Born in 1827

Jan 1 John Ireland (politician) the 18th Governor of Texas from 1883 to 1887. During Ireland's term, the University of Texas was established, and construction on the Texas State Capitol began. Ireland is credited with the selection of local pink granite as the construction material
Jan 2 Prince Kraft zu Hohenlohe-Ingelfingen a Prussian general and military writer during the time of the German Empire.
Jan 7 Sandford Fleming a Scottish-born Canadian engineer and inventor. He proposed worldwide standard time zones, designed Canada's first postage stamp, left a huge body of surveying and map making, engineered much of the Intercolonial Railway and the Canadian Pacific Railway, and was a founding member of the Royal Society of Canada and founder of the Royal Canadian Institute, a science organization in Toronto
Jan 10 George William Cox a British historian. He is known for resolving the several myths of Greece and the world into idealisations of solar phenomena.The French poet Stéphane Mallarmé has translated some of his works under the title of Les dieux antiques"
Jan 11 Archduke Rainer Ferdinand of Austria an Austrian prime minister. He was a son of Archduke Rainer Joseph of Austria and Princess Elisabeth of Savoy
Jan 13 Nikolay Beketov a Russian physical chemist and metallurgist.
Jan 21 Ivan Mikheevich Pervushin a Russian mathematician of the 2nd half of 19th century.
Jan 27 Nakahama Manjirō also known as John Manjirō. He was one of the first Japanese people to visit the United States and an important translator during the Opening of Japan
Jan 27 Thomas Joseph Lamy a Belgian Biblical scholar and Orientalist.
Jan 27 Kawai Tsugunosuke a Japanese samurai of the late Edo period, who served the Makino clan of Nagaoka. Kawai was a senior military commander of Nagaoka forces during the Boshin War of 1868-1869. He escaped to nearby Aizu after his domain's fall; however, he contracted gangrene from an untreated leg wound, and died in Aizu
Feb 1 Alphonse James de Rothschild a French financier, vineyard owner, art collector, philanthropist, racehorse owner/breeder and a member of the prominent Rothschild banking family of France.
Feb 2 Oswald Achenbach a German painter associated with the Düsseldorf school of painting. Though little known today, during his lifetime he was counted among the most important landscape painters of Europe. Through his teaching activities, he influenced the Kunstakademie Düsseldorf. His brother, Andreas Achenbach, who was twelve years older, was also among the most important German landscape painters of the 19th century. The two brothers were humorously called "the A and O of Landscapes"
Feb 5 Peter Lalor an activist turned politician who rose to fame for his leading role in the Eureka Rebellion, an event controversially identified with the "birth of democracy" in Australasia. He is famous for being the only outlaw to make it to parliament
Feb 10 Martín Tovar y Tovar one of the most important and high-profile Venezuelan painters of the 19th century. Tovar y Tovar's most famous work is his famous and well-known depiction of the Battle of Carabobo. Tovar y Tovar's other famous works are his portrayals of the Battle of Junín and the Battle of Ayacucho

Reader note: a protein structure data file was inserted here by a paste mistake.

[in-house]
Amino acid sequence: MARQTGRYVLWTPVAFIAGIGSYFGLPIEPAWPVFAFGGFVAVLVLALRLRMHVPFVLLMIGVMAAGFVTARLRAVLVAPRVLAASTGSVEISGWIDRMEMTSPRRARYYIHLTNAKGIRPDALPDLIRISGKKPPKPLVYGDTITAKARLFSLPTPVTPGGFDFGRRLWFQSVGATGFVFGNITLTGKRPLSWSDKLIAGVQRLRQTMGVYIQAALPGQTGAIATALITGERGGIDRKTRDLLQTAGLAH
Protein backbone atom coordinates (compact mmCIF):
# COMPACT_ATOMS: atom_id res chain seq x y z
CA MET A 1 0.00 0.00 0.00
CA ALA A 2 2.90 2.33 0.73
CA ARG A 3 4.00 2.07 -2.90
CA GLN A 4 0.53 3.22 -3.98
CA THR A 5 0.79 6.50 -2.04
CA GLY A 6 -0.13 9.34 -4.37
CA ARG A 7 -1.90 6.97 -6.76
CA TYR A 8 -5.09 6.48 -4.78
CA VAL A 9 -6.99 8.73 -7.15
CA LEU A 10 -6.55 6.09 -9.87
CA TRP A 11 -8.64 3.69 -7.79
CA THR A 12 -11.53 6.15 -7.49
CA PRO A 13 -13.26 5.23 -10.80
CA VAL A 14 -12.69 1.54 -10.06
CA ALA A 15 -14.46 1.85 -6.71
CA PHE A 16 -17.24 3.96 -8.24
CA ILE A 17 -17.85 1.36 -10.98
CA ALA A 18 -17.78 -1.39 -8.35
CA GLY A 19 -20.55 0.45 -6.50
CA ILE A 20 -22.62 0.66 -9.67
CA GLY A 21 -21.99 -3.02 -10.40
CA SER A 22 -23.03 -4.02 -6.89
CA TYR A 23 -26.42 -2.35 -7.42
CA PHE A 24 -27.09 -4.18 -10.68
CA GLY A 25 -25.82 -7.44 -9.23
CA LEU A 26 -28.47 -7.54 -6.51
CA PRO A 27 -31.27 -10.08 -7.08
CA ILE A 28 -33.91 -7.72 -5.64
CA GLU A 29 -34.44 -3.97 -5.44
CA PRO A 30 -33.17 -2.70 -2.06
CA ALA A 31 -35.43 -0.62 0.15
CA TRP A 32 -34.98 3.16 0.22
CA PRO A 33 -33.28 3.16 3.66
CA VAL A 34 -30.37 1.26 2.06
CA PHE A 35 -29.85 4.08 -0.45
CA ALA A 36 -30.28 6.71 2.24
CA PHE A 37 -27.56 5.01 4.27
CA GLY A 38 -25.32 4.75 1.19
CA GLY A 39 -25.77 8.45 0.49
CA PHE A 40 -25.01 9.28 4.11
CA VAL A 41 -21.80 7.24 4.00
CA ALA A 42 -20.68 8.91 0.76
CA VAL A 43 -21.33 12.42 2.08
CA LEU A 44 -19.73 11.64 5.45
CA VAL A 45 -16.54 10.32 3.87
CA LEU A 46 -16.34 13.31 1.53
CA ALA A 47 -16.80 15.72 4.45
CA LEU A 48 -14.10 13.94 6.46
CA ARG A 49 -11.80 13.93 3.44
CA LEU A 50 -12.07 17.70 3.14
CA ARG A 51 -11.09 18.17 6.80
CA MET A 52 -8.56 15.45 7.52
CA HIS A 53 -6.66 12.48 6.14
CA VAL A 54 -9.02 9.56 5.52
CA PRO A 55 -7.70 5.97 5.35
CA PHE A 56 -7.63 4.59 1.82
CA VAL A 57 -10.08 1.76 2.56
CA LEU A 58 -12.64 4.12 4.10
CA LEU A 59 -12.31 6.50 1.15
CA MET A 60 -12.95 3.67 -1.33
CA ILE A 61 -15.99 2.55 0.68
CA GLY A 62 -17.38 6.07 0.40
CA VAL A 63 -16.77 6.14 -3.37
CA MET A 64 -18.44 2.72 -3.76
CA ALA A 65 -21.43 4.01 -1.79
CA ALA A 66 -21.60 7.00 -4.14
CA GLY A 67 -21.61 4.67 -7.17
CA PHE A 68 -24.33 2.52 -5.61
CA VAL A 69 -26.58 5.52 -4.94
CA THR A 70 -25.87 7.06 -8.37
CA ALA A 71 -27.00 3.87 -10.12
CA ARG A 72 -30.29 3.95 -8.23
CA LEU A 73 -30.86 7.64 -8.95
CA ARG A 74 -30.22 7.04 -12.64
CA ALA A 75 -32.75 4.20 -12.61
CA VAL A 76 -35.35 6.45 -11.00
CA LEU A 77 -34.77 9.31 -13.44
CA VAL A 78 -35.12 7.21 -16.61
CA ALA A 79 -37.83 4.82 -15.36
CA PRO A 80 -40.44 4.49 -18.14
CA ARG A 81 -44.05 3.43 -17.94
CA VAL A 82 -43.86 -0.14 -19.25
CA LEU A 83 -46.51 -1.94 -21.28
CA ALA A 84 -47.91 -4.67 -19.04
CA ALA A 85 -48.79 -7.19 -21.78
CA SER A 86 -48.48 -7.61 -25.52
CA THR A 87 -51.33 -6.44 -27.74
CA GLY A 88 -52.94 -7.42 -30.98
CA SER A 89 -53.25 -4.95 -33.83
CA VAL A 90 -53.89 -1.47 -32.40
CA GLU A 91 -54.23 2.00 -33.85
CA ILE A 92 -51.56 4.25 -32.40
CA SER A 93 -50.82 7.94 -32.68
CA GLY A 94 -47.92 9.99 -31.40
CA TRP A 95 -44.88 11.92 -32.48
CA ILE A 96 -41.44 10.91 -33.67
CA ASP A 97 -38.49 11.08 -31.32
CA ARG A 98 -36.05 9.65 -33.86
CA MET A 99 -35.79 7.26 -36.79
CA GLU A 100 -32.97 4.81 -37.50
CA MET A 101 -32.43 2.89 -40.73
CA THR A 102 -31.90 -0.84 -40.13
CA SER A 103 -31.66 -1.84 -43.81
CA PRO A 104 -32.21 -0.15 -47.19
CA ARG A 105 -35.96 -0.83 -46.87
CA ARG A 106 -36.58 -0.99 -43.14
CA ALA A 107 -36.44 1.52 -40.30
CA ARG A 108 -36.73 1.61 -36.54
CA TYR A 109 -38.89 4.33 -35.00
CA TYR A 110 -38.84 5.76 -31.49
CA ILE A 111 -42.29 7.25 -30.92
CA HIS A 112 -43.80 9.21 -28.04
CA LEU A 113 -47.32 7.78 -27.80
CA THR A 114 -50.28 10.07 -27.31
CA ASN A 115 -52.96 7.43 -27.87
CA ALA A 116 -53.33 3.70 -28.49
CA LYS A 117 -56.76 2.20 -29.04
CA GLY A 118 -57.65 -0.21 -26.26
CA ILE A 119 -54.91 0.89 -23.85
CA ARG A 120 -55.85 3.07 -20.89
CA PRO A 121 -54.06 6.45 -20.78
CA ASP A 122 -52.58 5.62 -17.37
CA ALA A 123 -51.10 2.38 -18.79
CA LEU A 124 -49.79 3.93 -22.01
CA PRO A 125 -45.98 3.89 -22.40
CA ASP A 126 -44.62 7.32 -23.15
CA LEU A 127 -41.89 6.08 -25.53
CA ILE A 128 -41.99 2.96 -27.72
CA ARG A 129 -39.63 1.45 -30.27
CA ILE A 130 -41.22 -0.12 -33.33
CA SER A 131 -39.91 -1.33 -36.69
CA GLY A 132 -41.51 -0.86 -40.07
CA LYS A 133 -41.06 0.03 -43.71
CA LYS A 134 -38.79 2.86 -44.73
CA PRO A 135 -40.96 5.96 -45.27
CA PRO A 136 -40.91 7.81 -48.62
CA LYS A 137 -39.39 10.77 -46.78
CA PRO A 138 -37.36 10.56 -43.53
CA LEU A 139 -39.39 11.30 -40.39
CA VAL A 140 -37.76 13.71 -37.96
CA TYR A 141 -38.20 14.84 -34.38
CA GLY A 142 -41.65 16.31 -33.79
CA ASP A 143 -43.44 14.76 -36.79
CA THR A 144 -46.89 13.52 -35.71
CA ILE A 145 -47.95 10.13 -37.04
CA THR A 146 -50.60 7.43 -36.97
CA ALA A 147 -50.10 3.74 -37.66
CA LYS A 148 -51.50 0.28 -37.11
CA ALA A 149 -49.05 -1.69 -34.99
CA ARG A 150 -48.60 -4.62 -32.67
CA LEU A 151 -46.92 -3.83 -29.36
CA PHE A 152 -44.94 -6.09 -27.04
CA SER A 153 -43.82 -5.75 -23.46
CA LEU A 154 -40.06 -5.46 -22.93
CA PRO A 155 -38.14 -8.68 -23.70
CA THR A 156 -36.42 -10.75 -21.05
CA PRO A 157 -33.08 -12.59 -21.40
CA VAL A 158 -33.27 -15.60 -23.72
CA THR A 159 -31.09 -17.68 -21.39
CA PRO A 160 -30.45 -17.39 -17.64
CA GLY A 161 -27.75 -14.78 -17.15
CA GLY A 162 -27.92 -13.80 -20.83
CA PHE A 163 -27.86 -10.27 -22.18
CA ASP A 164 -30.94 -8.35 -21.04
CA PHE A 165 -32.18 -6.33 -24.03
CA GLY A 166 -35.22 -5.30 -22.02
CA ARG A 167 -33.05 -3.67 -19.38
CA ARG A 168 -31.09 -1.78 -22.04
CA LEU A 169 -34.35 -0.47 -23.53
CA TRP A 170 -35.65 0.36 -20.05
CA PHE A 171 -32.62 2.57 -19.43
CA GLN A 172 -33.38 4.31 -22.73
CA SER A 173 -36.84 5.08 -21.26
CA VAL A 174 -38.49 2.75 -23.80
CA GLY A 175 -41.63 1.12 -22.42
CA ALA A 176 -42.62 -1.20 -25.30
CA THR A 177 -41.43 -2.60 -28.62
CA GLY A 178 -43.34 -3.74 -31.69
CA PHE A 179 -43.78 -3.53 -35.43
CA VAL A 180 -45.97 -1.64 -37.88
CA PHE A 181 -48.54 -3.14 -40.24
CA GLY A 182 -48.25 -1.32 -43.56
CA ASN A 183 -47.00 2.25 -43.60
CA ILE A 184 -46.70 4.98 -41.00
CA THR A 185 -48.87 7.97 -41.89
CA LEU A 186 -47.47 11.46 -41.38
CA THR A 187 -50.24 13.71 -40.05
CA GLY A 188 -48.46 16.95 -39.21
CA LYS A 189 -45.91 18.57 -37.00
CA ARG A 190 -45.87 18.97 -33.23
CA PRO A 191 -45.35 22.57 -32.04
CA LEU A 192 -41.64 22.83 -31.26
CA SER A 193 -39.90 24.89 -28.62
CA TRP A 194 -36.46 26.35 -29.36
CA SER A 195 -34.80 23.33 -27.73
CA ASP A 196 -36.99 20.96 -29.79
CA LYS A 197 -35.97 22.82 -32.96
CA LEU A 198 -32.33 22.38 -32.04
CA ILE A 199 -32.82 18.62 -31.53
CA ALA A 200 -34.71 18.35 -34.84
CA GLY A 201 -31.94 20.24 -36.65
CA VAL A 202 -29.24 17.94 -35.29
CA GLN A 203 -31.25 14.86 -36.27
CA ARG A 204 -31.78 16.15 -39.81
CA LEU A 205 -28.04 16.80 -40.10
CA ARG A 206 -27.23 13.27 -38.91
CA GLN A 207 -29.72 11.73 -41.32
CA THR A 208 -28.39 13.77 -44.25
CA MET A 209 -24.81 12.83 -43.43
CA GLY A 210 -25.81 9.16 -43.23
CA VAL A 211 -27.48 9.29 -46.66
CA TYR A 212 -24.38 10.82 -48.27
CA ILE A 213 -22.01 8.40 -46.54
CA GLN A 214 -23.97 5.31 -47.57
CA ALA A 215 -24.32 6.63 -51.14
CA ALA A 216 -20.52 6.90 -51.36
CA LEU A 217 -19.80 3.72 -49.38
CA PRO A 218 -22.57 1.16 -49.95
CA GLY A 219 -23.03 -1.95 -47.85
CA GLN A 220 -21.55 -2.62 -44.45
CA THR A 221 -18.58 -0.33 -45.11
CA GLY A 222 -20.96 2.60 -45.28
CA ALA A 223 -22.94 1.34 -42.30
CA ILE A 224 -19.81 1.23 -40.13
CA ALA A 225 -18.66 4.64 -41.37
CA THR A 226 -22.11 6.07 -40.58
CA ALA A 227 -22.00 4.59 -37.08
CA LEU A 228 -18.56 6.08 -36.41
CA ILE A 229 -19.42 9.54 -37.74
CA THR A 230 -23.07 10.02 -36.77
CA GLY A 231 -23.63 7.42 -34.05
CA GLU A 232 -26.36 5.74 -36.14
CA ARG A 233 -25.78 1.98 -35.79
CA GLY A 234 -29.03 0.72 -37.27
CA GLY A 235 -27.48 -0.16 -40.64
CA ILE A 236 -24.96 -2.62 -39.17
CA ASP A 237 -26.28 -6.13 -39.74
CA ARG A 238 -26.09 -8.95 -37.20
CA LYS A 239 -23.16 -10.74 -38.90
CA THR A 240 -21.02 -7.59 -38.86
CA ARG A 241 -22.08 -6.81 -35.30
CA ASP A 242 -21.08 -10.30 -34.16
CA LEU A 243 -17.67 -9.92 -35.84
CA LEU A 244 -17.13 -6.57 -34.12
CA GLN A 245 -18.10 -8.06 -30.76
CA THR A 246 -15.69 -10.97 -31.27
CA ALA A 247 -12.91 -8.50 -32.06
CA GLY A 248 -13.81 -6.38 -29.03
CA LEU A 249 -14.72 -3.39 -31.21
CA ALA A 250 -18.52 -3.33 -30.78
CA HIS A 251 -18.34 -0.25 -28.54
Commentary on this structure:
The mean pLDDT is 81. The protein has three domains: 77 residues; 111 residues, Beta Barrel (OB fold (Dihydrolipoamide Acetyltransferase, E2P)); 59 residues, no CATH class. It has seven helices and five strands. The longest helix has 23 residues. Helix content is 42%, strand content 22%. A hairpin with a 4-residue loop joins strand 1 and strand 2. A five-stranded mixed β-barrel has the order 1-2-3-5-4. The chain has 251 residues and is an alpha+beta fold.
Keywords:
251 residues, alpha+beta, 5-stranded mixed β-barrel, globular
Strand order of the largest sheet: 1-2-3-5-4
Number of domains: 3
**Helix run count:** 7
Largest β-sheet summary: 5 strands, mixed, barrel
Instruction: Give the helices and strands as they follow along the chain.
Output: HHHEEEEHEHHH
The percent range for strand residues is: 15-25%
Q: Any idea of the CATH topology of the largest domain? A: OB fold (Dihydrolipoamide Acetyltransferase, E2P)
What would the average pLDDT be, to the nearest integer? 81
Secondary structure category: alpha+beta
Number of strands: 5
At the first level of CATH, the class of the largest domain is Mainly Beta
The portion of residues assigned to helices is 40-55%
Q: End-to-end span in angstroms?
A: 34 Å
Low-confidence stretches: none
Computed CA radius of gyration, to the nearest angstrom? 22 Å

Feb 17 Maria Francesca Rossetti an English author. She was the sister of artist Dante Gabriel Rossetti as well as William Michael Rossetti and Christina Georgina Rossetti, who dedicated her 1862 poem Goblin Market to Maria. She was born in London
Feb 18 Heinrich Karl Brugsch a German Egyptologist. He was associated with Auguste Mariette in his excavations at Memphis. He became director of the School of Egyptology at Cairo, producing numerous very valuable works and pioneering the decipherment of Demotic, the simplified script of the later Egyptian periods
Feb 23 Raffaele Monaco La Valletta S.T.D. J.U.D. was a Cardinal of the Roman Catholic Church who served as Secretary of the Supreme Sacred Congregation of the Holy Office
Feb 24 Lydia Becker a leader in the early British suffrage movement, as well as an amateur scientist with interests in biology and astronomy. She is best remembered for founding and publishing the Women's Suffrage Journal between 1870 and 1890
Feb 28 Albert Lacombe a French-Canadian Roman Catholic missionary who lived among and evangelized the Cree and also visited the Blackfoot First Nations of North Western Canada. He is now remembered for having brokered a peace between the Cree and Blackfoot, negotiating construction of the Canadian Pacific Railway through Blackfoot territory, and securing a promise from the Blackfoot leader Crowfoot to refrain from joining the North-West Rebellion of 1885
Feb 28 Édouard-Charles Fabre Archbishop of Montreal in 1886 and of Sherbrooke and Saint-Hyacinthe in 1887.
Mar 5 Hans Balatka a United States conductor and composer. His efforts contributed much to the great increase in popularity of European classical music in the United States during the late 19th century
Mar 8 Frederick Manson Bailey a botanist active in Australia, who made valuable contributions to the characterisation of the flora of Queensland.
Mar 8 Wilhelm Bleek a German linguist. His work included A Comparative Grammar of South African Languages and his great project jointly executed with Lucy Lloyd: The Bleek and Lloyd Archive of ǀxam and !kun texts
Mar 12 William R. Terry a businessman, politician, prison superintendent and a brigadier general in the Confederate Army during the American Civil War.
Mar 19 Mișu Popp a Romanian painter and muralist.
Mar 27 Ernesto Rossi (actor) an Italian actor and playwright.
Mar 29 Ernst Friedrich Wilhelm Klinkerfues a German astronomer.
Apr 2 William Holman Hunt an English painter, and one of the founders of the Pre-Raphaelite Brotherhood.
Apr 5 Joseph Lister 1st Baron Lister a British surgeon and a pioneer of antiseptic surgery. By applying Louis Pasteur's advances in microbiology, he promoted the idea of sterile surgery while working at the Glasgow Royal Infirmary. Lister successfully introduced carbolic acid to sterilise surgical instruments and to clean wounds, which led to a reduction in post-operative infections and made surgery safer for patients